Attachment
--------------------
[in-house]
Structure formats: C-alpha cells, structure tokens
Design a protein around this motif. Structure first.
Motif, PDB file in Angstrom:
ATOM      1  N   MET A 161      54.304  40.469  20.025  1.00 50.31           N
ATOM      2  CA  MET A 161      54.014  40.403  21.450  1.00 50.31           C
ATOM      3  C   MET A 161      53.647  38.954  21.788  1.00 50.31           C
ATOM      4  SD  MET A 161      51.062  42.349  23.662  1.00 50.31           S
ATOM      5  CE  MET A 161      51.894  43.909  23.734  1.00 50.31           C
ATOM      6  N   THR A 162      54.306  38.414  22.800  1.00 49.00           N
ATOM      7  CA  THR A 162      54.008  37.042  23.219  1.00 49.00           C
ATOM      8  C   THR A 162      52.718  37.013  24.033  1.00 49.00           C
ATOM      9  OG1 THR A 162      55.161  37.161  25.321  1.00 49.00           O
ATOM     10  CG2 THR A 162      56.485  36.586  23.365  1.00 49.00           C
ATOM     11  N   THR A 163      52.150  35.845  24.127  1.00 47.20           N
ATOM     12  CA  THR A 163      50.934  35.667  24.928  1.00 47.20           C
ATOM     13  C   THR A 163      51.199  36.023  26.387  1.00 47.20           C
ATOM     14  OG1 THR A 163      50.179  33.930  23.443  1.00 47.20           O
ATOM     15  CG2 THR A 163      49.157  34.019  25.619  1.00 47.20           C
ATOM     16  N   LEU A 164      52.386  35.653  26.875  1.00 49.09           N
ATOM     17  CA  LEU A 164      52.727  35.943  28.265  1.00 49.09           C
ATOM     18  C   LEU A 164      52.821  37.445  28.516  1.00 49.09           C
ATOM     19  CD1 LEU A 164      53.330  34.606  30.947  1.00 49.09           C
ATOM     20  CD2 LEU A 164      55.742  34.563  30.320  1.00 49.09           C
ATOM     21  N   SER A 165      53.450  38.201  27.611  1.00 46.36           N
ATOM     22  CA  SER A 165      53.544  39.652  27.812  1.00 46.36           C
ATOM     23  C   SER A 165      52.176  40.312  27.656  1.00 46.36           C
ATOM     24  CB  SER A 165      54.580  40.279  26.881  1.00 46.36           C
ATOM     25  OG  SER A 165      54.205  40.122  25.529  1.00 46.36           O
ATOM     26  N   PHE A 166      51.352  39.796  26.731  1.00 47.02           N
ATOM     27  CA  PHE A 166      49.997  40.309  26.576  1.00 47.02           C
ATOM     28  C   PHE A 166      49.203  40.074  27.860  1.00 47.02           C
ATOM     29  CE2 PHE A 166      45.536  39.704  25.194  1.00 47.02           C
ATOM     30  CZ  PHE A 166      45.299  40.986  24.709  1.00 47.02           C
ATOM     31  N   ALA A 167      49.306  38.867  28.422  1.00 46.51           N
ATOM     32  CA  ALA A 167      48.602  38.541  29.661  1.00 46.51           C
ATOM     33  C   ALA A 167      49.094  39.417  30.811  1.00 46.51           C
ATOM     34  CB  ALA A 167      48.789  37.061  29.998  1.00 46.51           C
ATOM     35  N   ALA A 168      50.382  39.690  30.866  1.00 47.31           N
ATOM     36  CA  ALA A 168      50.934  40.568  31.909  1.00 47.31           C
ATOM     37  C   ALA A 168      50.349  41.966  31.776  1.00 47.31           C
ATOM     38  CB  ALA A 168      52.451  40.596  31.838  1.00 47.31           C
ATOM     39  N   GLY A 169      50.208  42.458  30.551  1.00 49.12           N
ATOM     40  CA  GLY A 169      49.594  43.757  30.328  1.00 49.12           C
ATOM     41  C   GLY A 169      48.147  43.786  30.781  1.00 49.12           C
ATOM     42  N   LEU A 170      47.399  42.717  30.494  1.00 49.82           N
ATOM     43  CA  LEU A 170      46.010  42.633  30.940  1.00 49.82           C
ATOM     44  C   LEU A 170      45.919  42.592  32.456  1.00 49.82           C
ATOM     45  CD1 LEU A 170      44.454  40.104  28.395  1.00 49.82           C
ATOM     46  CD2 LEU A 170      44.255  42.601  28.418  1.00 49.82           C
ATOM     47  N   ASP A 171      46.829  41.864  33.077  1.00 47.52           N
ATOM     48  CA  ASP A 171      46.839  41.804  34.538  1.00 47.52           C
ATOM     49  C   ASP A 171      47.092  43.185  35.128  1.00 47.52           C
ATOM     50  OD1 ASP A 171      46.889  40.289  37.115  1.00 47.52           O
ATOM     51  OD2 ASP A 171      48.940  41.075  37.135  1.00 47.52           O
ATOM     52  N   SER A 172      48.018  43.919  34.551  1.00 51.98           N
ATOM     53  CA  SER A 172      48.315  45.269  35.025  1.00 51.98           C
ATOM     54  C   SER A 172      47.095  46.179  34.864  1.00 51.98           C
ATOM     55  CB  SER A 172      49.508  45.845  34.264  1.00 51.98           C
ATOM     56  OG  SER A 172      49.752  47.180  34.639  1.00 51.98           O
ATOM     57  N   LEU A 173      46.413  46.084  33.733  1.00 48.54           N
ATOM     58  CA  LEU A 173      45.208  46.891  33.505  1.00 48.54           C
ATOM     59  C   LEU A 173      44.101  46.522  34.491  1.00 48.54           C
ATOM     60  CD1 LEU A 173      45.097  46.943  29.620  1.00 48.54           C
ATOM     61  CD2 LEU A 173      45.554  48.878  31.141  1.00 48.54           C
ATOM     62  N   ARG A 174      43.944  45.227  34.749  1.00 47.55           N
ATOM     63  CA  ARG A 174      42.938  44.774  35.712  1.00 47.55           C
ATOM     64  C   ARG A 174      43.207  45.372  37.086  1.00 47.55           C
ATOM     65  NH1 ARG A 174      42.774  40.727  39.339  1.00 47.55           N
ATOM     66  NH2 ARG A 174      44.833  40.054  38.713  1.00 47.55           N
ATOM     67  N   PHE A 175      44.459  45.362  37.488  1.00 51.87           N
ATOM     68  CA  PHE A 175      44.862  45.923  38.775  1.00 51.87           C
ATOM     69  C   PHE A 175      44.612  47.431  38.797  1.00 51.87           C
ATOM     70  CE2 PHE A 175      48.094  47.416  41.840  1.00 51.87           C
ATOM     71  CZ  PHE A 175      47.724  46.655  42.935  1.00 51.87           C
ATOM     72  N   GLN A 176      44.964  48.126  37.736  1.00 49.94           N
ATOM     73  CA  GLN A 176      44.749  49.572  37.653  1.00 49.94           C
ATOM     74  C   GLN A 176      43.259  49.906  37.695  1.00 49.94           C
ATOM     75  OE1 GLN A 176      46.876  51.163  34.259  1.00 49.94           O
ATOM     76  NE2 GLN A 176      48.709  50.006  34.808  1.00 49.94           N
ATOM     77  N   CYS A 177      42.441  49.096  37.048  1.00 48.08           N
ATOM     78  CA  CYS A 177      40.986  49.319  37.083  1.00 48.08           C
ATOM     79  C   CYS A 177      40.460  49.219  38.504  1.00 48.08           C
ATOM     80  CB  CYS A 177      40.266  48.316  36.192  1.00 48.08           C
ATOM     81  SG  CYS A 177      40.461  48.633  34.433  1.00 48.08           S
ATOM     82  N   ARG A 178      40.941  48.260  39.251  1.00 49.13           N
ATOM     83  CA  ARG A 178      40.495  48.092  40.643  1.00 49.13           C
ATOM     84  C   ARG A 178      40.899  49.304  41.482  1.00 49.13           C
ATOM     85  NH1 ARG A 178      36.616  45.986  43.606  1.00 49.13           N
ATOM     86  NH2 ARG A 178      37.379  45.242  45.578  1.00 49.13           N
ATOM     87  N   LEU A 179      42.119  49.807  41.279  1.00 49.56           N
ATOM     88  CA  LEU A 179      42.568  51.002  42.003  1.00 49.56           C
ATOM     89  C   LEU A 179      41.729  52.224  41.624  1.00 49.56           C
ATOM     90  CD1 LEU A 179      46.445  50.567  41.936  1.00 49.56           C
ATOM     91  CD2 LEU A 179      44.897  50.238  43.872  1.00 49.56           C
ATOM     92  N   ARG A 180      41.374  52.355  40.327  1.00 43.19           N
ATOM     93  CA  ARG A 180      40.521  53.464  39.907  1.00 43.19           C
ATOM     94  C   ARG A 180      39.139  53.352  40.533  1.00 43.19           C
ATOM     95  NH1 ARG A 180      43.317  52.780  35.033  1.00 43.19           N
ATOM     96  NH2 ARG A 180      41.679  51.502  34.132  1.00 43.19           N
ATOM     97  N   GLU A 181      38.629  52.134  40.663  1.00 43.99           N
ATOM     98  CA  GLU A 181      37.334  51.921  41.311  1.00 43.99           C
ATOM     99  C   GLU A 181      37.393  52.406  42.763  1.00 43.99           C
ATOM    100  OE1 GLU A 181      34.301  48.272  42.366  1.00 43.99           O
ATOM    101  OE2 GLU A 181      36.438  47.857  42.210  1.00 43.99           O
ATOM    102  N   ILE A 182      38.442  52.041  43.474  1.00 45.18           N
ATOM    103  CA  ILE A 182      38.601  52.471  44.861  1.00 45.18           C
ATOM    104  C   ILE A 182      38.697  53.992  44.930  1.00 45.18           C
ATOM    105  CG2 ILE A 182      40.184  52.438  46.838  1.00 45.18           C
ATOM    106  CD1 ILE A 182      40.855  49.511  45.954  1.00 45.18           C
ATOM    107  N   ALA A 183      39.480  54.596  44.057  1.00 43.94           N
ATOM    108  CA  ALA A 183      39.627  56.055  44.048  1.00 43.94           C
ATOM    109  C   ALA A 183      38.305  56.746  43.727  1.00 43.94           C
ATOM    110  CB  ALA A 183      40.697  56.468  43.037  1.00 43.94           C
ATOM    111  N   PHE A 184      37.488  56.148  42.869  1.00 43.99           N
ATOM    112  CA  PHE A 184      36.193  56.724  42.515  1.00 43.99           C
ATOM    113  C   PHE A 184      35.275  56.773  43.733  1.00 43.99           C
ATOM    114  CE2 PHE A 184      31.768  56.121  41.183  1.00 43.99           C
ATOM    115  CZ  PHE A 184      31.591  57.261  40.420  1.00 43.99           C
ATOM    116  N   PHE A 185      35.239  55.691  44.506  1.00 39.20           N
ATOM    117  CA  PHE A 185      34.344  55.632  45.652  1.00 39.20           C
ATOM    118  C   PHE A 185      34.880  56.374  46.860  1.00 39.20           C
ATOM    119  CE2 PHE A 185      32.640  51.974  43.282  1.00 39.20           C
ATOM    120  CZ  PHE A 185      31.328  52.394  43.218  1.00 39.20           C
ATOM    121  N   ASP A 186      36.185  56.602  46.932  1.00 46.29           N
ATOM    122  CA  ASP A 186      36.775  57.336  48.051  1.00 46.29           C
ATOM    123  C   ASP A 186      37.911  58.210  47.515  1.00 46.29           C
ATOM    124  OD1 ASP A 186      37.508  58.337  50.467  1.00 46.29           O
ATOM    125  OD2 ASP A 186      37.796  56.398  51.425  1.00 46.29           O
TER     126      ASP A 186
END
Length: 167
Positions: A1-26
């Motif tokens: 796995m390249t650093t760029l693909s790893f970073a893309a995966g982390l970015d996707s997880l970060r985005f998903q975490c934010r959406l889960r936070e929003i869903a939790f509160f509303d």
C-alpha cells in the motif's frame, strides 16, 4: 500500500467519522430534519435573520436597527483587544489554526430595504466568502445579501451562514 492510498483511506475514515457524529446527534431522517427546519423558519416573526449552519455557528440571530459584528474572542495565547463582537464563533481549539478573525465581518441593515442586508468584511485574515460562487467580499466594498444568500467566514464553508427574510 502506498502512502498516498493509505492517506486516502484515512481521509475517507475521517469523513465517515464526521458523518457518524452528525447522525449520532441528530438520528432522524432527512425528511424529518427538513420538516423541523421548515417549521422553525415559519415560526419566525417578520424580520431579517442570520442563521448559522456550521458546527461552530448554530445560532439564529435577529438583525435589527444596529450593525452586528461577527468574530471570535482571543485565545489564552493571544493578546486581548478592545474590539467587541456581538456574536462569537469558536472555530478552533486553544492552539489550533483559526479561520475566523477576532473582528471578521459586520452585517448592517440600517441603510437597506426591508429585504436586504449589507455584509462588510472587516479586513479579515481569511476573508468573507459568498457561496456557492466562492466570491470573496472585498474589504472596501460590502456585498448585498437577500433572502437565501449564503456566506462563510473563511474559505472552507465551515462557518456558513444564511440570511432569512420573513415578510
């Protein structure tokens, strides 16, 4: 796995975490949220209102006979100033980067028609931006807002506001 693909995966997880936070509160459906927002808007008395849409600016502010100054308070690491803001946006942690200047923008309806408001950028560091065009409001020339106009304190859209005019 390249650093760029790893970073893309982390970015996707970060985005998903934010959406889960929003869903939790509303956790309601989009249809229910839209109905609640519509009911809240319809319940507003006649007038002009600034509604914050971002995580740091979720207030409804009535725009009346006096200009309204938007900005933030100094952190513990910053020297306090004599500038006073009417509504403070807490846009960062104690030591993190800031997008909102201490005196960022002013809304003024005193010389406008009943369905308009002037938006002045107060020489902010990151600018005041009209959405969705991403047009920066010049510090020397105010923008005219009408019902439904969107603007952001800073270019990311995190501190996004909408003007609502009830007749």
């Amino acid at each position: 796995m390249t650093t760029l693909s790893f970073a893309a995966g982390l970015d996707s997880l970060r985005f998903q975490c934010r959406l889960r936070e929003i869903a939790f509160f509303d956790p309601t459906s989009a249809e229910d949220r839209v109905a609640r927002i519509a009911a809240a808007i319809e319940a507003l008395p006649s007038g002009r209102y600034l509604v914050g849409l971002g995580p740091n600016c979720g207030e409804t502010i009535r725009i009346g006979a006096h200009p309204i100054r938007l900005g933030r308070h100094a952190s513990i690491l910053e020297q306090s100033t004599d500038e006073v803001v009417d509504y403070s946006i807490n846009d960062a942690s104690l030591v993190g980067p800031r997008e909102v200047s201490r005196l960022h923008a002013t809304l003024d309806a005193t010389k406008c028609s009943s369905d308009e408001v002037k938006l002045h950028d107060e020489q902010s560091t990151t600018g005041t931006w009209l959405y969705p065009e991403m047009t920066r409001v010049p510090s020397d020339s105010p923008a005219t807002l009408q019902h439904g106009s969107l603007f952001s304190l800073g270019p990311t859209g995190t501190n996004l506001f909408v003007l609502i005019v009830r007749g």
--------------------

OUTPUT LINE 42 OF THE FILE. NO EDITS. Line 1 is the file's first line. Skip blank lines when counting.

ATOM     38  CB  ALA A 168      52.451  40.596  31.838  1.00 47.31           C